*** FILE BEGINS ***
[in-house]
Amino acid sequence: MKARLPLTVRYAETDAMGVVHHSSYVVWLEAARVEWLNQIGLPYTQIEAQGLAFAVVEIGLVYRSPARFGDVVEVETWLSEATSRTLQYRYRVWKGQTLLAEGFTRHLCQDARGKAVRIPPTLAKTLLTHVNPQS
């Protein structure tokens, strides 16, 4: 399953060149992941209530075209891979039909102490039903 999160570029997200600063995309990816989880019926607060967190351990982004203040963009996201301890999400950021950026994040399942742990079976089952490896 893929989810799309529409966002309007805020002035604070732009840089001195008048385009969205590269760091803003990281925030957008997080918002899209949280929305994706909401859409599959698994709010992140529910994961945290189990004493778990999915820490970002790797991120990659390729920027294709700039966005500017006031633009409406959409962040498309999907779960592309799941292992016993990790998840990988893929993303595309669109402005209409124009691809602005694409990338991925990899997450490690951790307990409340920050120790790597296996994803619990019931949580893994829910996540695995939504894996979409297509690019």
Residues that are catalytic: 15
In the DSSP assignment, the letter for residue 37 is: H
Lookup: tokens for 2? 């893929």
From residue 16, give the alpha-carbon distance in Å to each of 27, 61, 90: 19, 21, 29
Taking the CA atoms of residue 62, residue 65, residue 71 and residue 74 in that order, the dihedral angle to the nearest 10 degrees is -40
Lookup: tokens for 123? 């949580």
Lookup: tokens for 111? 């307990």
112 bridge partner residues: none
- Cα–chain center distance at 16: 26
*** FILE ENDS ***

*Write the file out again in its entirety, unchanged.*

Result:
[in-house]
Amino acid sequence: MKARLPLTVRYAETDAMGVVHHSSYVVWLEAARVEWLNQIGLPYTQIEAQGLAFAVVEIGLVYRSPARFGDVVEVETWLSEATSRTLQYRYRVWKGQTLLAEGFTRHLCQDARGKAVRIPPTLAKTLLTHVNPQS
């Protein structure tokens, strides 16, 4: 399953060149992941209530075209891979039909102490039903 999160570029997200600063995309990816989880019926607060967190351990982004203040963009996201301890999400950021950026994040399942742990079976089952490896 893929989810799309529409966002309007805020002035604070732009840089001195008048385009969205590269760091803003990281925030957008997080918002899209949280929305994706909401859409599959698994709010992140529910994961945290189990004493778990999915820490970002790797991120990659390729920027294709700039966005500017006031633009409406959409962040498309999907779960592309799941292992016993990790998840990988893929993303595309669109402005209409124009691809602005694409990338991925990899997450490690951790307990409340920050120790790597296996994803619990019931949580893994829910996540695995939504894996979409297509690019």
Residues that are catalytic: 15
In the DSSP assignment, the letter for residue 37 is: H
Lookup: tokens for 2? 């893929």
From residue 16, give the alpha-carbon distance in Å to each of 27, 61, 90: 19, 21, 29
Taking the CA atoms of residue 62, residue 65, residue 71 and residue 74 in that order, the dihedral angle to the nearest 10 degrees is -40
Lookup: tokens for 123? 């949580």
Lookup: tokens for 111? 């307990």
112 bridge partner residues: none
- Cα–chain center distance at 16: 26